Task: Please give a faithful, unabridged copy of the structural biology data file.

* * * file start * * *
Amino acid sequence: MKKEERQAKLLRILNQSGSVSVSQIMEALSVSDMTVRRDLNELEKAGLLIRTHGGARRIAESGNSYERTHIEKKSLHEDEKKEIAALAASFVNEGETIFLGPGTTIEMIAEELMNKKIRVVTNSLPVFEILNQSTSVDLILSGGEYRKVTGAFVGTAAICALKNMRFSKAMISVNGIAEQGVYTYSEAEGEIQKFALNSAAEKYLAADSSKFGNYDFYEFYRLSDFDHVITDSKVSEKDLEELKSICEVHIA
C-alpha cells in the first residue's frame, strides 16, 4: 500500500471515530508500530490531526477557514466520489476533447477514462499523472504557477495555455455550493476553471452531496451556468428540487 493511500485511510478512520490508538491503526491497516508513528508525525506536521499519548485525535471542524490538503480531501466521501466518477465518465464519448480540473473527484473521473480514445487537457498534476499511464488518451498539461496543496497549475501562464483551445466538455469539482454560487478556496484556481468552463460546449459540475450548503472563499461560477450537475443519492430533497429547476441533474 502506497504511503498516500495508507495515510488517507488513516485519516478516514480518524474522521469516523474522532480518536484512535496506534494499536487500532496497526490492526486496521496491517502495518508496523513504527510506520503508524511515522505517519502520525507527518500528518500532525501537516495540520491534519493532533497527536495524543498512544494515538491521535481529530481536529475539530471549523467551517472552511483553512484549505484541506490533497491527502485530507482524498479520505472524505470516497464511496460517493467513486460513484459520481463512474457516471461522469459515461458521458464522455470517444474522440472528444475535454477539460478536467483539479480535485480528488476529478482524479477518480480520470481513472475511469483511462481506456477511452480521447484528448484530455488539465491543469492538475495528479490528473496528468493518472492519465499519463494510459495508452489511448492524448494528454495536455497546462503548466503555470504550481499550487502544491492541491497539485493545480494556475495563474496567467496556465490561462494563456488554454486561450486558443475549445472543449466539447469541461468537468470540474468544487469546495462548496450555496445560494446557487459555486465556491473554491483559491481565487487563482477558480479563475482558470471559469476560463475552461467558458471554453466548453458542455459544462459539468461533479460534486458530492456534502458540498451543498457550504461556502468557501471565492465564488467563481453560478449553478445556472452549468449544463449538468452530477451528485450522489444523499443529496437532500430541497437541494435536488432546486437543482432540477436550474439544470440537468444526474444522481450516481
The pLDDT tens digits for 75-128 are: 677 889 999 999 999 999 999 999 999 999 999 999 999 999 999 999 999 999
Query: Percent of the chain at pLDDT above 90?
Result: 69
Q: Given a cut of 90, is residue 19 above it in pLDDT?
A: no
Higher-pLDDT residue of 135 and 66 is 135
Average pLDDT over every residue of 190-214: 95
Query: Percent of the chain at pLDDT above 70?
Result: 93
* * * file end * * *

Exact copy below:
Amino acid sequence: MKKEERQAKLLRILNQSGSVSVSQIMEALSVSDMTVRRDLNELEKAGLLIRTHGGARRIAESGNSYERTHIEKKSLHEDEKKEIAALAASFVNEGETIFLGPGTTIEMIAEELMNKKIRVVTNSLPVFEILNQSTSVDLILSGGEYRKVTGAFVGTAAICALKNMRFSKAMISVNGIAEQGVYTYSEAEGEIQKFALNSAAEKYLAADSSKFGNYDFYEFYRLSDFDHVITDSKVSEKDLEELKSICEVHIA
C-alpha cells in the first residue's frame, strides 16, 4: 500500500471515530508500530490531526477557514466520489476533447477514462499523472504557477495555455455550493476553471452531496451556468428540487 493511500485511510478512520490508538491503526491497516508513528508525525506536521499519548485525535471542524490538503480531501466521501466518477465518465464519448480540473473527484473521473480514445487537457498534476499511464488518451498539461496543496497549475501562464483551445466538455469539482454560487478556496484556481468552463460546449459540475450548503472563499461560477450537475443519492430533497429547476441533474 502506497504511503498516500495508507495515510488517507488513516485519516478516514480518524474522521469516523474522532480518536484512535496506534494499536487500532496497526490492526486496521496491517502495518508496523513504527510506520503508524511515522505517519502520525507527518500528518500532525501537516495540520491534519493532533497527536495524543498512544494515538491521535481529530481536529475539530471549523467551517472552511483553512484549505484541506490533497491527502485530507482524498479520505472524505470516497464511496460517493467513486460513484459520481463512474457516471461522469459515461458521458464522455470517444474522440472528444475535454477539460478536467483539479480535485480528488476529478482524479477518480480520470481513472475511469483511462481506456477511452480521447484528448484530455488539465491543469492538475495528479490528473496528468493518472492519465499519463494510459495508452489511448492524448494528454495536455497546462503548466503555470504550481499550487502544491492541491497539485493545480494556475495563474496567467496556465490561462494563456488554454486561450486558443475549445472543449466539447469541461468537468470540474468544487469546495462548496450555496445560494446557487459555486465556491473554491483559491481565487487563482477558480479563475482558470471559469476560463475552461467558458471554453466548453458542455459544462459539468461533479460534486458530492456534502458540498451543498457550504461556502468557501471565492465564488467563481453560478449553478445556472452549468449544463449538468452530477451528485450522489444523499443529496437532500430541497437541494435536488432546486437543482432540477436550474439544470440537468444526474444522481450516481
The pLDDT tens digits for 75-128 are: 677 889 999 999 999 999 999 999 999 999 999 999 999 999 999 999 999 999
Query: Percent of the chain at pLDDT above 90?
Result: 69
Q: Given a cut of 90, is residue 19 above it in pLDDT?
A: no
Higher-pLDDT residue of 135 and 66 is 135
Average pLDDT over every residue of 190-214: 95
Query: Percent of the chain at pLDDT above 70?
Result: 93